Sick Leave and Pay
Employers must continue to comply with wage and hour laws in the face of the outbreak. Issues that may arise include the following:
- If an employee performs work for the employer while being required to stay out of the workplace due to a reasonable belief that they have been exposed to, or have contracted, Coronavirus, the employee must be paid for time worked.
- If the employee is an exempt employee, they must be paid for the entire week during which they perform more than a de minimis amount of work.
- If the employee is non-exempt, they must be paid for the time worked. Depending on the employer’s policy and/or state or local law, the employee may be entitled to use paid sick time or other paid time off (e.g., vacation, personal days, etc.). Otherwise, generally, the employee does not need to be paid for such time out of the workplace. Employers, however, may choose to implement a temporary paid leave policy for employees without accrued or sufficient paid time off, in order to encourage employees who may have been exposed to the virus to take appropriate precautions, to minimize any hardship to them, and to assure the return of employees after any period of absence.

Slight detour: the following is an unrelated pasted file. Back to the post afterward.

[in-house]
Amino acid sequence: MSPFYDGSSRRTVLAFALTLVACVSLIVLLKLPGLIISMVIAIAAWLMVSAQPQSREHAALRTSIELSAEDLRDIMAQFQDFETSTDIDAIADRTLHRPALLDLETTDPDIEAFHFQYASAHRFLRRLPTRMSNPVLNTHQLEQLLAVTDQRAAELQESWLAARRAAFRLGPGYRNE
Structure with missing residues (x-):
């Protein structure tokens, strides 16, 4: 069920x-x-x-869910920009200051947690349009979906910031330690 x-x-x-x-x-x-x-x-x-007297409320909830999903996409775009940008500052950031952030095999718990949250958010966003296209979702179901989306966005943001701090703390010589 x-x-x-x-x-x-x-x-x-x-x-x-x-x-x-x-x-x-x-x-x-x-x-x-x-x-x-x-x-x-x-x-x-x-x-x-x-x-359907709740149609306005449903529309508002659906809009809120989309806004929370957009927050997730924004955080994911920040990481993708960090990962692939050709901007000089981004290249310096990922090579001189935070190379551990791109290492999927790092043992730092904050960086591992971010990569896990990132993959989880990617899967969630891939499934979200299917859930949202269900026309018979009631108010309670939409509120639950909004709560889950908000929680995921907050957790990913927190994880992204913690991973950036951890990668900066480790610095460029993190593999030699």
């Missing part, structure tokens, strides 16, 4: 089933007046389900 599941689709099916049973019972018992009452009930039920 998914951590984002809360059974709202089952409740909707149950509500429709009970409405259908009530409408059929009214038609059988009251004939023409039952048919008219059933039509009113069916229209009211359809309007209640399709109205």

Occupational Safety and Health Laws
Employers must further continue to comply with Occupational Safety and Health Administration (OSHA) regulations in managing their responses to the outbreak and the risks that it may pose for their workplaces. Under OSHA:
- All employers are required to provide a safe and healthy workplace, but certain industries, such as health care, require additional precautions where exposure to an infectious disease is reasonably likely.
- OSHA is currently directing employers to the CDC’s guidance based on industry.
- For other workers who may be exposed, OSHA is recommending that workers (i) frequently wash their hands with soap and water for at least 20 seconds; (ii) avoid touching their eyes, nose, or mouth with unwashed hands; and (iii) avoid close contact with people who are sick.